Dr. Clay Siegall’s official blog is filled with news about advances in science as well as sports articles he finds of interest. One recent article he posted was about how Quarterback Aaron Rodgers wasn’t talked to before his team, the Green Bay Packers, fired his position coach, Alex Van Pelt. He called the firing “a little strange” and “an interesting change”. It was pretty obvious during his interview that he wasn’t very happy with the move and was especially not happy that neither the head coach or anyone in management had at least called him first.
In science news, researchers are looking into why people so often forget details of things, even the plots of books that they had really enjoyed. It’s believed that a lot of information is stored in what’s called working memory while you’re absorbing it but sometimes that information never makes its way over to long-term memory. One approach they suggest for college classrooms is to practice “slow teaching”, giving students the time to make that switch of information in their head.
In 1998, Dr. Clay Siegall, Ph.D. co-founded a company called Seattle Genetics, Inc. At the beginning of the firm he was the executive vice president. He was made the president of this company in June 2000. In late 2002 he was named as the company’s chief executive officer. He is also now the chairman of the board of Seattle Genetics. His company develops drugs that target cancerous cells and destroy them. As of 2016 he was compensated about $9.56 million annually.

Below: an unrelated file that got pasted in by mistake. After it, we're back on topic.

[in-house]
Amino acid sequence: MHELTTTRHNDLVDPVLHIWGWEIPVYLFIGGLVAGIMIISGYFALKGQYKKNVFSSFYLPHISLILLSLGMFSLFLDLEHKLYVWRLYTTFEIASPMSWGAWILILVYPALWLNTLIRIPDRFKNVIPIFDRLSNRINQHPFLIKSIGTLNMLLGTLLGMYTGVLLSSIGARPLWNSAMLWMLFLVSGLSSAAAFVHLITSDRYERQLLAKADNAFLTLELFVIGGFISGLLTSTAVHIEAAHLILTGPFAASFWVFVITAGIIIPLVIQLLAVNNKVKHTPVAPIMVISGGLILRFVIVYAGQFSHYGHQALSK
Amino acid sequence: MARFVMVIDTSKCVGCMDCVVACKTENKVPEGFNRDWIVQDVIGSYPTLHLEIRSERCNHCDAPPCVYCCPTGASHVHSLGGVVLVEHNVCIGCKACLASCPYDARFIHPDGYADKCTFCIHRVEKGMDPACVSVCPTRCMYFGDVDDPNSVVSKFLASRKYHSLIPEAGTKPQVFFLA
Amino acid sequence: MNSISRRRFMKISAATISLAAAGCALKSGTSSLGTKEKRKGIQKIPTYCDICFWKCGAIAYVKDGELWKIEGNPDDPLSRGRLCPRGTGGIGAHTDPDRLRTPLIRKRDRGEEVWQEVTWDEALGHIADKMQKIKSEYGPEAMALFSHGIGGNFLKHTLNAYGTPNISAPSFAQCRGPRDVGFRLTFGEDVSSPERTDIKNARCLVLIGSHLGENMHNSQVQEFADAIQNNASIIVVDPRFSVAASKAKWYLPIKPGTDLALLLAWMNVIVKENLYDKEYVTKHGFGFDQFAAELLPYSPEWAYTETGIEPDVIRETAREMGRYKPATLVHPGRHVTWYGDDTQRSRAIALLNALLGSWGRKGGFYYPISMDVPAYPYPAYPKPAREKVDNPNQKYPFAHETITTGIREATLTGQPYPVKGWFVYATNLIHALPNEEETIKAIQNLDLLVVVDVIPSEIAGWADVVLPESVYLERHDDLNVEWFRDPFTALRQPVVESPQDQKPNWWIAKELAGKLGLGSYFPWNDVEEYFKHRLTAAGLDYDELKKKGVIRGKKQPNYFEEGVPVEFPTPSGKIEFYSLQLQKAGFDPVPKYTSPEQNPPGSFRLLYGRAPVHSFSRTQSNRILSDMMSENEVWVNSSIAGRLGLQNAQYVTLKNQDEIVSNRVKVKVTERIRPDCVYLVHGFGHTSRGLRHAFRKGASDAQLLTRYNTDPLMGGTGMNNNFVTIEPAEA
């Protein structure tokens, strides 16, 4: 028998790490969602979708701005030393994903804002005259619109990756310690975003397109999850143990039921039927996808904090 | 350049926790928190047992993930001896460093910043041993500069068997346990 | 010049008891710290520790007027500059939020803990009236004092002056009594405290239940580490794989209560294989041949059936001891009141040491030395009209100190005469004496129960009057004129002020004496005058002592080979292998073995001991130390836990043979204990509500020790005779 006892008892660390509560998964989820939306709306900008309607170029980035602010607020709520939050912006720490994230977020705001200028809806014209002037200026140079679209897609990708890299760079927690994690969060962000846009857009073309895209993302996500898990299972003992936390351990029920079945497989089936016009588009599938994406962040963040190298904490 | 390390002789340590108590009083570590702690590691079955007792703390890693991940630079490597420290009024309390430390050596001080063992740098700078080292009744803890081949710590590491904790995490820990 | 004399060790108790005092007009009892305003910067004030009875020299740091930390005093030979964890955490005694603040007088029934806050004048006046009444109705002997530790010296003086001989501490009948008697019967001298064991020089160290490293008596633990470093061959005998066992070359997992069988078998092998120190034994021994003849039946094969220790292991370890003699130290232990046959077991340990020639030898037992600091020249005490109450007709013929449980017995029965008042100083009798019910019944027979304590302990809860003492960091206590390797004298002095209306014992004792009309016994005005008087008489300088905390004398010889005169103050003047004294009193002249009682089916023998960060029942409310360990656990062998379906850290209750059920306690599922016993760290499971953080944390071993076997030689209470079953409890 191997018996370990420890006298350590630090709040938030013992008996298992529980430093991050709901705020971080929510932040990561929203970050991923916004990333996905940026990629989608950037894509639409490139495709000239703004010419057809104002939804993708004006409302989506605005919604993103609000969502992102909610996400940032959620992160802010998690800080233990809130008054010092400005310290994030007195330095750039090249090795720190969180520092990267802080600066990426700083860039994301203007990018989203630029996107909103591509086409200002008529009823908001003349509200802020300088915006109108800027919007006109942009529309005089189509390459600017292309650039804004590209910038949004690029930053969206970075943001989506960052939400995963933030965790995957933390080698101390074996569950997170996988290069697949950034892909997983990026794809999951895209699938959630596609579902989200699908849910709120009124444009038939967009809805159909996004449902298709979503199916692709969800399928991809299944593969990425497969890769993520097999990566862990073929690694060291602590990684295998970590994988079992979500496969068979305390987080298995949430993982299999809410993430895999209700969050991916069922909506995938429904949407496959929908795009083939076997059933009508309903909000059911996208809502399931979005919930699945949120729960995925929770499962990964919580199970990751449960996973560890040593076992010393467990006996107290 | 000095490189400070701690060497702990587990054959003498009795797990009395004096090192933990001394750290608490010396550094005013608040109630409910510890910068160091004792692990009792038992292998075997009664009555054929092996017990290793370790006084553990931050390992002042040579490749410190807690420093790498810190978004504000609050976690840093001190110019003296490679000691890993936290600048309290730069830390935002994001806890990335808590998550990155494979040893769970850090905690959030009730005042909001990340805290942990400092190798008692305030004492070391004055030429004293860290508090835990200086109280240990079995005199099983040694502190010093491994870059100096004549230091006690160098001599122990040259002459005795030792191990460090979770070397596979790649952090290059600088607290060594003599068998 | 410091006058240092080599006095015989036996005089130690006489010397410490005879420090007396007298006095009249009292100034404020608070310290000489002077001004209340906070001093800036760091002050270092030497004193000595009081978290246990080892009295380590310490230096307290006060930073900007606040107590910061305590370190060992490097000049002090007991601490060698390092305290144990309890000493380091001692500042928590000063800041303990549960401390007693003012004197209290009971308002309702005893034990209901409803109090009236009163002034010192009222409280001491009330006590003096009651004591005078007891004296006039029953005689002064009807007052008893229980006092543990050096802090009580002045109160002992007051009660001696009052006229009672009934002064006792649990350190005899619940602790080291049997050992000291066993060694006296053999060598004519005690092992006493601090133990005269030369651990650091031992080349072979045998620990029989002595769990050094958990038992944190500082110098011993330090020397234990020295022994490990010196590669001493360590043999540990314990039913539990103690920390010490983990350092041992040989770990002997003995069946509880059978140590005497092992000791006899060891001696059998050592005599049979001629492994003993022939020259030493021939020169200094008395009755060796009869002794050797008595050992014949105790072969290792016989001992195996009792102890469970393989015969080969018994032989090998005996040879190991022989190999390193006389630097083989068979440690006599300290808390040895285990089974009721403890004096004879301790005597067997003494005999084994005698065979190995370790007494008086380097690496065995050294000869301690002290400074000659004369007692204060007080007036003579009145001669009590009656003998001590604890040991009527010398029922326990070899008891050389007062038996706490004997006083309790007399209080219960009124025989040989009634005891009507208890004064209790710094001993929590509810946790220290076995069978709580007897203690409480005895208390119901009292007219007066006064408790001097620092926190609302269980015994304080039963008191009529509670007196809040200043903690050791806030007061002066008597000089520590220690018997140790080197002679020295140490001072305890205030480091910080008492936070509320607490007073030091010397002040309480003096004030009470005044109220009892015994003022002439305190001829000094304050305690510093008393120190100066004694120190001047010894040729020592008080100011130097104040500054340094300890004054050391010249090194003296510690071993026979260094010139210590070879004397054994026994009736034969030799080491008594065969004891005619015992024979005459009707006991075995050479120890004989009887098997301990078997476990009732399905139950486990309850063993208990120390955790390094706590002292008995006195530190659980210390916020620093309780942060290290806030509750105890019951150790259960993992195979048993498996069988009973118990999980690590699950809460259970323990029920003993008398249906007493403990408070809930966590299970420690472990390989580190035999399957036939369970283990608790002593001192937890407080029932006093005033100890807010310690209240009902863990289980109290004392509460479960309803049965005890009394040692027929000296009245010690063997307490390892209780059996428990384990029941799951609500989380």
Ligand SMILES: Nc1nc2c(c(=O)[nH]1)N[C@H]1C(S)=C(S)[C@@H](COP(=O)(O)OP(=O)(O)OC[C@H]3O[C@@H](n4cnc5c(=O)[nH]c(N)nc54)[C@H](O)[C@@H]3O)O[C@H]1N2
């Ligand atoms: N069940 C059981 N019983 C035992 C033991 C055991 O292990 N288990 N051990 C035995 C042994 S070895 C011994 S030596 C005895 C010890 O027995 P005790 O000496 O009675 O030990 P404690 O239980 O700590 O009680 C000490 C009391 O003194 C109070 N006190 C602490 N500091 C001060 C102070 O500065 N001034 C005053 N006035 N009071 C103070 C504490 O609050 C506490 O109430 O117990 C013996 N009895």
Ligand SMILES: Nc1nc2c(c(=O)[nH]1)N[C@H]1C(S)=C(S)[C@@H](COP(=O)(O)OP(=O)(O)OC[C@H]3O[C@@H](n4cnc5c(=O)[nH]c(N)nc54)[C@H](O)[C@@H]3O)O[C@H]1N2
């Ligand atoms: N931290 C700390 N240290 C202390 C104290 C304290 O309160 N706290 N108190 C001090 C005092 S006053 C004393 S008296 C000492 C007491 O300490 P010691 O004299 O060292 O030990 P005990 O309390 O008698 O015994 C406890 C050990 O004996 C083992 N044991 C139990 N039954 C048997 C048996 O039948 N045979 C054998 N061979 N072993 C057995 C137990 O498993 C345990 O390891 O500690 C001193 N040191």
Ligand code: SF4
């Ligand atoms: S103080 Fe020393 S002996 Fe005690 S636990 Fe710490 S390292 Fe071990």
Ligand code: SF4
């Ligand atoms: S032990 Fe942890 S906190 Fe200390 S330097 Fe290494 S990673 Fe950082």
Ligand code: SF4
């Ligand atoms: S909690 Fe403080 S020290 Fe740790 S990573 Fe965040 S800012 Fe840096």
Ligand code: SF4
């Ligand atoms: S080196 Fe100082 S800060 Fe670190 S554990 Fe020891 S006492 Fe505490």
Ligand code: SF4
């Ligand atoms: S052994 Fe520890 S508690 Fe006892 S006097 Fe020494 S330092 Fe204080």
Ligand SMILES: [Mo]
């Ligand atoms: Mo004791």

After acquiring his undergraduate degree at the University of Maryland he went on to earn a Ph.D. in Genetics in Washington D.C. at George Washington University. After graduating he spent six years working as a researcher and developer for the federal government’s National Cancer Institute. This experience led to him being offered an r&d position by Bristol-Myers Squibb. He moved across the country to the greater Seattle area where he spent six years at their Pharmaceutical Research Institute.